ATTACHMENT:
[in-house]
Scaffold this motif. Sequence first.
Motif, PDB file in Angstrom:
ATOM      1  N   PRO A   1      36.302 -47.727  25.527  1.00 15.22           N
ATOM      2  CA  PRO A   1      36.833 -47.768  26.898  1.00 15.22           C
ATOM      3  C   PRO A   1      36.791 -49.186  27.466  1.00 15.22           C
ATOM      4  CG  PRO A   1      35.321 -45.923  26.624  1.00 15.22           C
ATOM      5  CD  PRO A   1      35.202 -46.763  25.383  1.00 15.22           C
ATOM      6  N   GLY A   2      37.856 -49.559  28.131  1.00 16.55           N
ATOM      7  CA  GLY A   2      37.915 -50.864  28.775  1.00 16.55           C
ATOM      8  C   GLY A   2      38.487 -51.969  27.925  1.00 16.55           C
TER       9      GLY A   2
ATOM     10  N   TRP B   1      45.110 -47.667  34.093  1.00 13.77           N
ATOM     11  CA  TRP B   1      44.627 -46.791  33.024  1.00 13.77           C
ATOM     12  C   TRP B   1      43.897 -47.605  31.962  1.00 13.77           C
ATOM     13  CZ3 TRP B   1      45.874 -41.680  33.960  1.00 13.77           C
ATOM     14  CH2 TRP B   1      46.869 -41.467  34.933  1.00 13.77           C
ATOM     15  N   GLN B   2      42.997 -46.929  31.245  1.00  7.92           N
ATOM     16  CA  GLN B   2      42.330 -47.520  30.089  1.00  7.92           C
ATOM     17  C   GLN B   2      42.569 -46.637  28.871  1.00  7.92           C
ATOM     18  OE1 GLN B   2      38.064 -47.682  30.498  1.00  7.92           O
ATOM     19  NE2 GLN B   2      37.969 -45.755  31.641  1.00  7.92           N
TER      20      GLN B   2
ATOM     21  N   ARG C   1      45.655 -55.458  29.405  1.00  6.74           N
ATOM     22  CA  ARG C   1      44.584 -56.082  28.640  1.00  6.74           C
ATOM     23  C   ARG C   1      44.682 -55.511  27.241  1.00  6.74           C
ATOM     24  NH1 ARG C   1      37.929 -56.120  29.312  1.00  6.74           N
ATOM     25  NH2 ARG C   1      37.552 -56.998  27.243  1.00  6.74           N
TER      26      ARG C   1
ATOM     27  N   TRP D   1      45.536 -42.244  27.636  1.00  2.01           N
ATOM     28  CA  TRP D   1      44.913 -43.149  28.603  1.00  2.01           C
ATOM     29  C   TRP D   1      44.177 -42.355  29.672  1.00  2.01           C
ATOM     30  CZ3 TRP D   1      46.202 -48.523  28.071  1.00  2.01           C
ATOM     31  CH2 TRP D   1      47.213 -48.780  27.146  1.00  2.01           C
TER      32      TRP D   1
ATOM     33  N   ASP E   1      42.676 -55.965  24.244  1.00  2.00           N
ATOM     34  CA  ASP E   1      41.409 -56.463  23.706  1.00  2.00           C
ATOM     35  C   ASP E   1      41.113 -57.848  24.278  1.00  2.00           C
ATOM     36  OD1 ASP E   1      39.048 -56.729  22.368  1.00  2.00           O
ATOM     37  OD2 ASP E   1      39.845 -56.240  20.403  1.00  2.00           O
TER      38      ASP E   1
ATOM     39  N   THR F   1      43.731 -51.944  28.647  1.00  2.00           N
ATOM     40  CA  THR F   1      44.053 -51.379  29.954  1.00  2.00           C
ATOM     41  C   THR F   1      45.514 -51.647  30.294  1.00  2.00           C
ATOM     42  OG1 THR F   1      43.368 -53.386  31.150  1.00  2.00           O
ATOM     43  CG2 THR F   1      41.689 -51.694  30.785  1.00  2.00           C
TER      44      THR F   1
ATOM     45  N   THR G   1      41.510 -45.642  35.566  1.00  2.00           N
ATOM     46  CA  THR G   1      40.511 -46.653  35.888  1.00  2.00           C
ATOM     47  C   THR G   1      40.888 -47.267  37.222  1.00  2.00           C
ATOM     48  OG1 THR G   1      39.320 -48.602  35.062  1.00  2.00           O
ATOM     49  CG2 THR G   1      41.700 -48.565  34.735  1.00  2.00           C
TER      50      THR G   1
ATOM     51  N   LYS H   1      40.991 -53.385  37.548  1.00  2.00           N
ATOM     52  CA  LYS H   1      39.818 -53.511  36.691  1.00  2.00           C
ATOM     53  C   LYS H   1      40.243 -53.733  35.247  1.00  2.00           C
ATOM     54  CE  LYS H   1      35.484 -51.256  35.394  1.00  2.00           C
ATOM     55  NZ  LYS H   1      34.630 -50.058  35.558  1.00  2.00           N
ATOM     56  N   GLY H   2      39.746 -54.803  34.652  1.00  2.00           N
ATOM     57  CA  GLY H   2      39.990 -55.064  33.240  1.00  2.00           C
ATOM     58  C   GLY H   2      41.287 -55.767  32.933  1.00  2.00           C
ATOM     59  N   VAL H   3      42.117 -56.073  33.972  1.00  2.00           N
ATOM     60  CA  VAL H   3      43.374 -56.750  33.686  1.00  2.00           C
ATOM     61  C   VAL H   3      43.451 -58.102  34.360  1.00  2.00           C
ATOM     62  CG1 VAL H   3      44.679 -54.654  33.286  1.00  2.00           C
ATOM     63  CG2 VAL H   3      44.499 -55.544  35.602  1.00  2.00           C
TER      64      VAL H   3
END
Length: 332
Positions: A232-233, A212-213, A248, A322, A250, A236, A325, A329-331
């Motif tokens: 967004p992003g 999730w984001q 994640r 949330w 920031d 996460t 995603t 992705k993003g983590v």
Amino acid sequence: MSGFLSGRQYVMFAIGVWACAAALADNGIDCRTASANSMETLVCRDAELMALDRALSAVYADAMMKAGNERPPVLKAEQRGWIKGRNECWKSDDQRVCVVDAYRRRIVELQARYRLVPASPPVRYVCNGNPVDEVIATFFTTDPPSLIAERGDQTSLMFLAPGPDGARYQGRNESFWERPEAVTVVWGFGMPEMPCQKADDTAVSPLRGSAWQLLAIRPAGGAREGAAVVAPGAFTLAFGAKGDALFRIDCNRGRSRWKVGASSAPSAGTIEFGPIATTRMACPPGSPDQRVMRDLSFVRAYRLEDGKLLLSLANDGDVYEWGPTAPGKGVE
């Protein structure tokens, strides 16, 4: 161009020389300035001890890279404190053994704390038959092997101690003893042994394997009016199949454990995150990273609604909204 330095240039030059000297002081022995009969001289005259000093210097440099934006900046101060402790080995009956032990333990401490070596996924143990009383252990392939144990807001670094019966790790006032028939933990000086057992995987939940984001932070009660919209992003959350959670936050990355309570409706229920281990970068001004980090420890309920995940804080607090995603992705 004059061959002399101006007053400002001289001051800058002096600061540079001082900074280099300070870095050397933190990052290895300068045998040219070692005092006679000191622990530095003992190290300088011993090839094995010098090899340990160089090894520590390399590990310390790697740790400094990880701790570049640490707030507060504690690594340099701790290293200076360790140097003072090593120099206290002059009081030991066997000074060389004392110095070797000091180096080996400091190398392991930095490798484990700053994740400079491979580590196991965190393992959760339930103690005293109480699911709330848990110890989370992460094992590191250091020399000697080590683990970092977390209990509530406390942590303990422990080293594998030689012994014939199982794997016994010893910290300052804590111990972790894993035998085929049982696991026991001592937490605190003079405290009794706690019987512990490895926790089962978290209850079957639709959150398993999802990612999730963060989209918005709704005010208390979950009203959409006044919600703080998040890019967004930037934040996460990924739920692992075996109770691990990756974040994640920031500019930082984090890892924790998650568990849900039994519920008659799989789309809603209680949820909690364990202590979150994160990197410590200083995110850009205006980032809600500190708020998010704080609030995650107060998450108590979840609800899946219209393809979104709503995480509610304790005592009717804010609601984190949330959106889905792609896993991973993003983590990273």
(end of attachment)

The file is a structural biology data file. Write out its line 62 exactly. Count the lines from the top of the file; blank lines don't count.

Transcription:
ATOM     59  N   VAL H   3      42.117 -56.073  33.972  1.00  2.00           N